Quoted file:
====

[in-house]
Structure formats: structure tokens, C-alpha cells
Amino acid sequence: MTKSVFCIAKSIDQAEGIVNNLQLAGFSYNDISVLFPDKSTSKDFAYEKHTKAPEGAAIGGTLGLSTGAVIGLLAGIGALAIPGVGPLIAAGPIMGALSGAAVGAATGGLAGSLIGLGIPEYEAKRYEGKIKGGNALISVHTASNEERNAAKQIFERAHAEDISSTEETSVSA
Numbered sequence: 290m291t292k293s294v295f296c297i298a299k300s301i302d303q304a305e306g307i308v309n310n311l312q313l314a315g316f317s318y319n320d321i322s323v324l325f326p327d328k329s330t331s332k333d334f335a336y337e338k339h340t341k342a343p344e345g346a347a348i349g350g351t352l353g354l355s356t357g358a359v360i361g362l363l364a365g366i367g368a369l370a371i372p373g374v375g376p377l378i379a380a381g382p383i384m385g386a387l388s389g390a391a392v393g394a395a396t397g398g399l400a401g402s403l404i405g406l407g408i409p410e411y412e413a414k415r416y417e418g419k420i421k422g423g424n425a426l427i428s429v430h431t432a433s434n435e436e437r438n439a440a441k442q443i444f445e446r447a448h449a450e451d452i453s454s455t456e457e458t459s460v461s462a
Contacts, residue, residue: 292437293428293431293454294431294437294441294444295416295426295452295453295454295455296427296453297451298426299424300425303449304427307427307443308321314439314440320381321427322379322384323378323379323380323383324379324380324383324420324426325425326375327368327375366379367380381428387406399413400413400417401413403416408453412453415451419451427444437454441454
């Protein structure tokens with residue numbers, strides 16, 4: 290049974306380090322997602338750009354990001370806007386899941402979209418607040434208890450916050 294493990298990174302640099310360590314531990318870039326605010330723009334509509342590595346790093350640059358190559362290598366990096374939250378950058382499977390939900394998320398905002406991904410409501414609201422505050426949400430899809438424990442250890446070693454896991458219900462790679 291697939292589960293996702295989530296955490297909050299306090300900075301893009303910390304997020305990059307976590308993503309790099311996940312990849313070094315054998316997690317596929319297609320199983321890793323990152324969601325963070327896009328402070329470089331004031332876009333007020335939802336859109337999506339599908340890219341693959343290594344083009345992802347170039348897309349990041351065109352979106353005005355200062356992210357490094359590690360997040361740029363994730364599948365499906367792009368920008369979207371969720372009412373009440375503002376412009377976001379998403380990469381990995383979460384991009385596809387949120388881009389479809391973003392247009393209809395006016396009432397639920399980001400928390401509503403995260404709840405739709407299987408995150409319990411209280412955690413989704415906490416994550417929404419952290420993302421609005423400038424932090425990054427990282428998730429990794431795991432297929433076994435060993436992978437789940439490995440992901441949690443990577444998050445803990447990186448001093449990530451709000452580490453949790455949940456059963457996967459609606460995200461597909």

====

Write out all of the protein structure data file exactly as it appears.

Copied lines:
[in-house]
Structure formats: structure tokens, C-alpha cells
Amino acid sequence: MTKSVFCIAKSIDQAEGIVNNLQLAGFSYNDISVLFPDKSTSKDFAYEKHTKAPEGAAIGGTLGLSTGAVIGLLAGIGALAIPGVGPLIAAGPIMGALSGAAVGAATGGLAGSLIGLGIPEYEAKRYEGKIKGGNALISVHTASNEERNAAKQIFERAHAEDISSTEETSVSA
Numbered sequence: 290m291t292k293s294v295f296c297i298a299k300s301i302d303q304a305e306g307i308v309n310n311l312q313l314a315g316f317s318y319n320d321i322s323v324l325f326p327d328k329s330t331s332k333d334f335a336y337e338k339h340t341k342a343p344e345g346a347a348i349g350g351t352l353g354l355s356t357g358a359v360i361g362l363l364a365g366i367g368a369l370a371i372p373g374v375g376p377l378i379a380a381g382p383i384m385g386a387l388s389g390a391a392v393g394a395a396t397g398g399l400a401g402s403l404i405g406l407g408i409p410e411y412e413a414k415r416y417e418g419k420i421k422g423g424n425a426l427i428s429v430h431t432a433s434n435e436e437r438n439a440a441k442q443i444f445e446r447a448h449a450e451d452i453s454s455t456e457e458t459s460v461s462a
Contacts, residue, residue: 292437293428293431293454294431294437294441294444295416295426295452295453295454295455296427296453297451298426299424300425303449304427307427307443308321314439314440320381321427322379322384323378323379323380323383324379324380324383324420324426325425326375327368327375366379367380381428387406399413400413400417401413403416408453412453415451419451427444437454441454
């Protein structure tokens with residue numbers, strides 16, 4: 290049974306380090322997602338750009354990001370806007386899941402979209418607040434208890450916050 294493990298990174302640099310360590314531990318870039326605010330723009334509509342590595346790093350640059358190559362290598366990096374939250378950058382499977390939900394998320398905002406991904410409501414609201422505050426949400430899809438424990442250890446070693454896991458219900462790679 291697939292589960293996702295989530296955490297909050299306090300900075301893009303910390304997020305990059307976590308993503309790099311996940312990849313070094315054998316997690317596929319297609320199983321890793323990152324969601325963070327896009328402070329470089331004031332876009333007020335939802336859109337999506339599908340890219341693959343290594344083009345992802347170039348897309349990041351065109352979106353005005355200062356992210357490094359590690360997040361740029363994730364599948365499906367792009368920008369979207371969720372009412373009440375503002376412009377976001379998403380990469381990995383979460384991009385596809387949120388881009389479809391973003392247009393209809395006016396009432397639920399980001400928390401509503403995260404709840405739709407299987408995150409319990411209280412955690413989704415906490416994550417929404419952290420993302421609005423400038424932090425990054427990282428998730429990794431795991432297929433076994435060993436992978437789940439490995440992901441949690443990577444998050445803990447990186448001093449990530451709000452580490453949790455949940456059963457996967459609606460995200461597909």